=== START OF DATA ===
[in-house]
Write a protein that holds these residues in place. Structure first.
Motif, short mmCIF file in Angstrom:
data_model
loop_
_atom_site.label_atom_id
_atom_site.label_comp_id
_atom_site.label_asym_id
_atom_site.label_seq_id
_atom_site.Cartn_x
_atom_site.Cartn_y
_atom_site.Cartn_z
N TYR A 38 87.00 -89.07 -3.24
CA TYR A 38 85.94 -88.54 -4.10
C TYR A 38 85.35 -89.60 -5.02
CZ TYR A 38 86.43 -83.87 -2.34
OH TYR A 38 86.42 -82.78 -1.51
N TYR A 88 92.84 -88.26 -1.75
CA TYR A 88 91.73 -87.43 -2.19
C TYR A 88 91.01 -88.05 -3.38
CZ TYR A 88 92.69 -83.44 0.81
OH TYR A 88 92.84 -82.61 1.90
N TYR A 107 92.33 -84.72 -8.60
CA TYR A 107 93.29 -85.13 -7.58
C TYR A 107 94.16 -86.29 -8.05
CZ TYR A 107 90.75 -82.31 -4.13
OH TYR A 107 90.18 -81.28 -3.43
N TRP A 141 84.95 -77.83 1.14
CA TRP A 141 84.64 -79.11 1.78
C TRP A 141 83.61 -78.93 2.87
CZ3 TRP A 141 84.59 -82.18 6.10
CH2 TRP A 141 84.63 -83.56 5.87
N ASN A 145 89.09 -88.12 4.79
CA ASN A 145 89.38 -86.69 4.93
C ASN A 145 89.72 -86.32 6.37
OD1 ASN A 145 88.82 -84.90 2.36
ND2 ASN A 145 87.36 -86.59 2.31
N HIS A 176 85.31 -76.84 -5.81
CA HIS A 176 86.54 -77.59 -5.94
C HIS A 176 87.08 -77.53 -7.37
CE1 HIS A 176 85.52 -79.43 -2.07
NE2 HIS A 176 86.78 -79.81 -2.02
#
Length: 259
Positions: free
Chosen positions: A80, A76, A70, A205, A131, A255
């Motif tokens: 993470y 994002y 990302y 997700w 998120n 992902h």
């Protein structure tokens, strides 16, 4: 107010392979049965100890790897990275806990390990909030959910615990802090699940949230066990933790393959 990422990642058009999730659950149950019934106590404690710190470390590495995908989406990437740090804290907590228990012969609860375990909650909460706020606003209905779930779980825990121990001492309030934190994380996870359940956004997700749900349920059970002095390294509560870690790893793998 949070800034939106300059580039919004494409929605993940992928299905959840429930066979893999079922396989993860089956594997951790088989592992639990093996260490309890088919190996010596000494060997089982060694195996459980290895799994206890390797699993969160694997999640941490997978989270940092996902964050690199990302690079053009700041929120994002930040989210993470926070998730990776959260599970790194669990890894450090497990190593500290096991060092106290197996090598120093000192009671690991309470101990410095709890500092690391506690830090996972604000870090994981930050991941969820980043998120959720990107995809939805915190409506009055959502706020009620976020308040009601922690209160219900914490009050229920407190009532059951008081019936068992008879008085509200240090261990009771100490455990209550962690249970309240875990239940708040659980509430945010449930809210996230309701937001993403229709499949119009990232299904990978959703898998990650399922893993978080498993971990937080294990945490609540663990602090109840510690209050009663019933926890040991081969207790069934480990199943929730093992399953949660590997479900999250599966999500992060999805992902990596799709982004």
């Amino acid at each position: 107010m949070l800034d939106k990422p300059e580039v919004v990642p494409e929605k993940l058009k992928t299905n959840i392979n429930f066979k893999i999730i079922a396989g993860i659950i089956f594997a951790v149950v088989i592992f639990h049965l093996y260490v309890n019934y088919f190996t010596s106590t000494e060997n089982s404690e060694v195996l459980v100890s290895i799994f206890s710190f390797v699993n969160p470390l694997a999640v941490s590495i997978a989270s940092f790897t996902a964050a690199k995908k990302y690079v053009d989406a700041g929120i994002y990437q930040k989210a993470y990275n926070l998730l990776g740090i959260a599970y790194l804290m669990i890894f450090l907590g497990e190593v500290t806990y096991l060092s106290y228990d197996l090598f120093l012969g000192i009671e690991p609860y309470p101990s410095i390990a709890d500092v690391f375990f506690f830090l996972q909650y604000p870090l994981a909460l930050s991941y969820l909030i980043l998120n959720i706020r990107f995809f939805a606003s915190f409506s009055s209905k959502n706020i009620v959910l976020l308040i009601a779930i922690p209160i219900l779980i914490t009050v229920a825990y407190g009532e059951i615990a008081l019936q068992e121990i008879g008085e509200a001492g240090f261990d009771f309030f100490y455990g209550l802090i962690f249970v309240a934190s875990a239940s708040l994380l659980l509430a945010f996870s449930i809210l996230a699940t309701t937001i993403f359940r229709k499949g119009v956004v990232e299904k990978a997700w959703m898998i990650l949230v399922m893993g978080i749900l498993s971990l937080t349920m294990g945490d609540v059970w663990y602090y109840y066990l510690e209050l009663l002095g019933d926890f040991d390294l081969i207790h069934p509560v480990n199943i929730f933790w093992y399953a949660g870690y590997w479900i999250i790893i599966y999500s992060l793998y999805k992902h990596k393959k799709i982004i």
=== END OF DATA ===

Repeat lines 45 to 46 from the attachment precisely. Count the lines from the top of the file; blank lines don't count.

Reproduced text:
Positions: free
Chosen positions: A80, A76, A70, A205, A131, A255